Michael Gordy <michaelgordy@...>
In early June, Jan Hellman shared with us information
on Kocman's recent Judaica Bohemiae articles on tax
listings for Jews in Moravian towns around 1669-71.
For those of us working on Moravia, these articles are
When I looked at the list for my own favorite little
town -- Straznice (near Hodonin),-- I got quite a
surprise. The list was long, roughly 40 heads of
household. At least half of the people listed had
surnames in the modern sense (as opposed to a name
like "Davidt Moyses," which I imagine is probably
"David son of Moses"). But the surnames had hardly
any overlap at all with the surnames found in
Straznice in the early 19th century. We know the 19th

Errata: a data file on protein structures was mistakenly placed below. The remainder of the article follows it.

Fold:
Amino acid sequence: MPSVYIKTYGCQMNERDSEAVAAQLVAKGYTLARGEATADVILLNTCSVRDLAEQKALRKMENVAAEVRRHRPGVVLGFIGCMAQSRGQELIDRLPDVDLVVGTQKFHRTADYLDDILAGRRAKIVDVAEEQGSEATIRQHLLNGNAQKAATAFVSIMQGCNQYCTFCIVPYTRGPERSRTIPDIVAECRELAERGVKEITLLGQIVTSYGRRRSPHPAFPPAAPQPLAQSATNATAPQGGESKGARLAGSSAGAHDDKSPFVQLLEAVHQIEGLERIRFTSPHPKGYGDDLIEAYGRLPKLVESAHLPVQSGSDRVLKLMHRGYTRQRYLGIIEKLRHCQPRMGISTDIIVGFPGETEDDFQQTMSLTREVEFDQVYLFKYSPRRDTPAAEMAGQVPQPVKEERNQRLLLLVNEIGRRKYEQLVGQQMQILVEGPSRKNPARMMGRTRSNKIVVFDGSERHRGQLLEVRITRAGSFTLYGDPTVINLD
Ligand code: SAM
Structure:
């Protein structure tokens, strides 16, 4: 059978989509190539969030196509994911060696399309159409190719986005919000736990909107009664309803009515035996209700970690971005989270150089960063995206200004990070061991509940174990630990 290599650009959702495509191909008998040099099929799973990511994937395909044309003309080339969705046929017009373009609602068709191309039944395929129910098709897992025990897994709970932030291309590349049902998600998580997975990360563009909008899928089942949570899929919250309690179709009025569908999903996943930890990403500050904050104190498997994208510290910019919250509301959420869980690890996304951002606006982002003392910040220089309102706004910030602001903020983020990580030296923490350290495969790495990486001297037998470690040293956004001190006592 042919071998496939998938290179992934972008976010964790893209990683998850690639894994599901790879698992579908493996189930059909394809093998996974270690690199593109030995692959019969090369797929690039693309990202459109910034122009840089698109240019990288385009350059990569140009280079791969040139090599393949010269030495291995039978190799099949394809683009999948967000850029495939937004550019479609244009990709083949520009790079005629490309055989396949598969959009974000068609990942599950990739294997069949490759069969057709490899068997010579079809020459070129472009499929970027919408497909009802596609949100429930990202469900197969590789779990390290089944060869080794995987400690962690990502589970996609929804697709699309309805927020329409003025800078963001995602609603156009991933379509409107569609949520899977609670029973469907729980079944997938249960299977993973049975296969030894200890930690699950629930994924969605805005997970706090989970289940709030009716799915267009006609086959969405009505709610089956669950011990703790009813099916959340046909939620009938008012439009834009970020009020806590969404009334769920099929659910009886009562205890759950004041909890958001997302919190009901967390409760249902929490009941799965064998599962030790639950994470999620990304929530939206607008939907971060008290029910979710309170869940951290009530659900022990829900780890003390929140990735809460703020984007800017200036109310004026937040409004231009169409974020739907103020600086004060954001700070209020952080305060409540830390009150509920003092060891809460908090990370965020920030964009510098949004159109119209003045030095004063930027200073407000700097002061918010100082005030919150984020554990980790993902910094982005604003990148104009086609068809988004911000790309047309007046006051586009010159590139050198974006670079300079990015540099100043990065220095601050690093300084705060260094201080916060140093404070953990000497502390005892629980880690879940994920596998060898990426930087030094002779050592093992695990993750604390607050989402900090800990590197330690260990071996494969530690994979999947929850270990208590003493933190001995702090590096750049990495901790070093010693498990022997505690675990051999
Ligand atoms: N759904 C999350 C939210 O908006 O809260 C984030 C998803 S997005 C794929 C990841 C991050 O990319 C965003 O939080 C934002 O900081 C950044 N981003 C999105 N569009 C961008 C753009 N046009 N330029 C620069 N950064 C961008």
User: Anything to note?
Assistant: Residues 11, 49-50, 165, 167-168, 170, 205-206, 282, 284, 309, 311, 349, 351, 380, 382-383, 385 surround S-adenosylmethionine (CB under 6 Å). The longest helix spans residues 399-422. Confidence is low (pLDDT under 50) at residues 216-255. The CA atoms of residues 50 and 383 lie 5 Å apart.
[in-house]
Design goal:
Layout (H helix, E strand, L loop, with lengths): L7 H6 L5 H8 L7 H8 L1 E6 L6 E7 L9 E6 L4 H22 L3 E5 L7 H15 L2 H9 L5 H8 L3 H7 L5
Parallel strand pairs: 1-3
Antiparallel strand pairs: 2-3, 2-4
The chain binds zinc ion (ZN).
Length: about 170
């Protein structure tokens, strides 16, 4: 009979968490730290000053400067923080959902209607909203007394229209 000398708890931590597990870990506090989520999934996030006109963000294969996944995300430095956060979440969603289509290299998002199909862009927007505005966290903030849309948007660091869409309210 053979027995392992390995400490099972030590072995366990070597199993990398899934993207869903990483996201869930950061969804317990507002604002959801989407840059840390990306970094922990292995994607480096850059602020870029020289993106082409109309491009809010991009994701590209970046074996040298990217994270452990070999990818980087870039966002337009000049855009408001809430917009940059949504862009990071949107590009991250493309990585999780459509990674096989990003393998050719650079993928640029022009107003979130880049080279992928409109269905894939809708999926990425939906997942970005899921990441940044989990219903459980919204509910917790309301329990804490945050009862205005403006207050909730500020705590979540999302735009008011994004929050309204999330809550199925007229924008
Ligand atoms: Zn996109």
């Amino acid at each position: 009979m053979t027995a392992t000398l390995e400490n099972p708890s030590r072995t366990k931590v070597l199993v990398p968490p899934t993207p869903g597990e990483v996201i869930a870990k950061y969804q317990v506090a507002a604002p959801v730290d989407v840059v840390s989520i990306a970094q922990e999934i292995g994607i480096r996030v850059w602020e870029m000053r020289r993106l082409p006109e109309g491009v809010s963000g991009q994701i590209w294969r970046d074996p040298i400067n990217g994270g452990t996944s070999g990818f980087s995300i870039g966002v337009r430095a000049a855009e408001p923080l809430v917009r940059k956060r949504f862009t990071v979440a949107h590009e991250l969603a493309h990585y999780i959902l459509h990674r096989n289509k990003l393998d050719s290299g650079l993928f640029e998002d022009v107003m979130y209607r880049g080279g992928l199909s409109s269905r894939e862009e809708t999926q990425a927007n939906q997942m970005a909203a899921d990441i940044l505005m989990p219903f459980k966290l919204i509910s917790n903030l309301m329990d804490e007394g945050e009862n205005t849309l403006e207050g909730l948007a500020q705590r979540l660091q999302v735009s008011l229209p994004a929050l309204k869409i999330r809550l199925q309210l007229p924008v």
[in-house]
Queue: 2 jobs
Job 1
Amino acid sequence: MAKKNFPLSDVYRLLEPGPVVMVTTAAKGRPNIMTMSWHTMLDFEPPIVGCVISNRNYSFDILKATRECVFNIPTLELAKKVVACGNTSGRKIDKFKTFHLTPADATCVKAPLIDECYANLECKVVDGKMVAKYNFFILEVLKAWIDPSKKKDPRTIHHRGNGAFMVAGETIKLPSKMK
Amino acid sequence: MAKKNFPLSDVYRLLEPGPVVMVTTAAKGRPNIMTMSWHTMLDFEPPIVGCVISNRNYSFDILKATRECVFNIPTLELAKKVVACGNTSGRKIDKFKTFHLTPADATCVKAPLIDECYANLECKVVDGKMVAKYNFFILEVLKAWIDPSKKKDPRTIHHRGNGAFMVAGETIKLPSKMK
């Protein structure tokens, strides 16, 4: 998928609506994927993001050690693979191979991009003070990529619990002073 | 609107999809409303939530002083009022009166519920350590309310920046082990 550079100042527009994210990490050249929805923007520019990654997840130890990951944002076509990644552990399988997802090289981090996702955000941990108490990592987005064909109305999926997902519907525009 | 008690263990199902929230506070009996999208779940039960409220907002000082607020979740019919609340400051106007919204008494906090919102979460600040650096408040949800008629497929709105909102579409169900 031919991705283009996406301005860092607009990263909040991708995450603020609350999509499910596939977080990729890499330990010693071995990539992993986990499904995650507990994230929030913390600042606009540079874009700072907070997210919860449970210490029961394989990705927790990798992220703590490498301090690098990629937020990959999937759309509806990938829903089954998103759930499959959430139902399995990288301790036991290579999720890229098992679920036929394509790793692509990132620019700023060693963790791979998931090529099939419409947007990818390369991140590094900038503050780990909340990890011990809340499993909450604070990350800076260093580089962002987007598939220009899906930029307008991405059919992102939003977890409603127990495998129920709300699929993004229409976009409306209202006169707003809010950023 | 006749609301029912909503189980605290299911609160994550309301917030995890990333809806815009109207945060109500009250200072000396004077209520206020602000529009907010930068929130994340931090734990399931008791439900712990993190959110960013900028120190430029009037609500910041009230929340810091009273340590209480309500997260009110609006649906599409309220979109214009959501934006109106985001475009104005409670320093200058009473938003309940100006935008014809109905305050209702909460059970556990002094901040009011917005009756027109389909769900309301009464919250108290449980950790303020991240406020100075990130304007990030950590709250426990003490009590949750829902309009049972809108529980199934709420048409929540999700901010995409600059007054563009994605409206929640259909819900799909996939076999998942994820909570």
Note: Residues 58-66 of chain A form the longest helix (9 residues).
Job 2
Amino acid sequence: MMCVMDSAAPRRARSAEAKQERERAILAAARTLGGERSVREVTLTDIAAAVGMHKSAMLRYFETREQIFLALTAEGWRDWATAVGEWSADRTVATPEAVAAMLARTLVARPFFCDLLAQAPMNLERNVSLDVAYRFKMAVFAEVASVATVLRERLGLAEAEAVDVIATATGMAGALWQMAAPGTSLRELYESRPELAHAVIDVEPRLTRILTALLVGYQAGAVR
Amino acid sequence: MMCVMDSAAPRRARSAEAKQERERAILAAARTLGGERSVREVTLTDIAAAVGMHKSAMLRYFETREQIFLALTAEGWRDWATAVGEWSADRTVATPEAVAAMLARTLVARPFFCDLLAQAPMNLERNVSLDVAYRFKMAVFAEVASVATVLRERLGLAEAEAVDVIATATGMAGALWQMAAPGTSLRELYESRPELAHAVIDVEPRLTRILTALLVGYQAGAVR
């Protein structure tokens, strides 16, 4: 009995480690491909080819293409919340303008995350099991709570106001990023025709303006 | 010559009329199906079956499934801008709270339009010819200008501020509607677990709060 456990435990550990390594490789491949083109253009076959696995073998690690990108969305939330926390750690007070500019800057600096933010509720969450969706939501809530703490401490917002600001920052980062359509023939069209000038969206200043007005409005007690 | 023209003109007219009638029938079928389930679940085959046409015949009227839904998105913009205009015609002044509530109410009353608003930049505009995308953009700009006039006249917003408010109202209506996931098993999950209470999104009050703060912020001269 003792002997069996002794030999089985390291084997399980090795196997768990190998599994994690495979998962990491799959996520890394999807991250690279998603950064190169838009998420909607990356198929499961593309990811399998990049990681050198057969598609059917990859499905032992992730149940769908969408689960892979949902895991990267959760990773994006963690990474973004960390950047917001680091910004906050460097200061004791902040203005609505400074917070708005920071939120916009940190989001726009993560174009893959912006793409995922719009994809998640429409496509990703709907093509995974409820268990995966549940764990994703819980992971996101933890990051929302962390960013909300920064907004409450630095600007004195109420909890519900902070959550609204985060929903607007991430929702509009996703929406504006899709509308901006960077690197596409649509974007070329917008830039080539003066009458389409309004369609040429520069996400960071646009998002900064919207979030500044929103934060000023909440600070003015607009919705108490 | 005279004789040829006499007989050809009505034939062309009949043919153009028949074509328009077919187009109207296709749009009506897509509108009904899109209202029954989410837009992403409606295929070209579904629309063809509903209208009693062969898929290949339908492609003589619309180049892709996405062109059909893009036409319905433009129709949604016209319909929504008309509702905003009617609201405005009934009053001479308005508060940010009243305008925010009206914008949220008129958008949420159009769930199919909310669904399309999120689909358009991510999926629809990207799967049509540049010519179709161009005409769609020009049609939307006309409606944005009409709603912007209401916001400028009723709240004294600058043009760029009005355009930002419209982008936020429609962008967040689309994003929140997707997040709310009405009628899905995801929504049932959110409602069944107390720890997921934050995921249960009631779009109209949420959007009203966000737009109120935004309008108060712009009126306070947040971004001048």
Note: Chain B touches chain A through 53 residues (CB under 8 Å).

century Straznice surnames quite well >from a variety
Two possibilities strike me:
(1) the 17th century families moved out and were
replaced by an entirely new set of families, or
(2) the existing families changed surnames with the
reforms of the mid 18th century.
At least by the 19th century, the Straznice Jewish
community was extraordinarily stable -- one sees the
same surnames over and over for 100 years. If this
was true earlier on, then (2) is more likely than (1).
And so I come to my questions: First, can anyone shed
more evidence on which story is most likely to be
true? Second, if changing of surnames was widespread
in 18th century Moravia, then are there any data
sources that would help us bridge the gap between the
old names and the new? Ideally, we would have surname
adoption records that would show both the old name and
the new name for a family.
-- Michael Gordy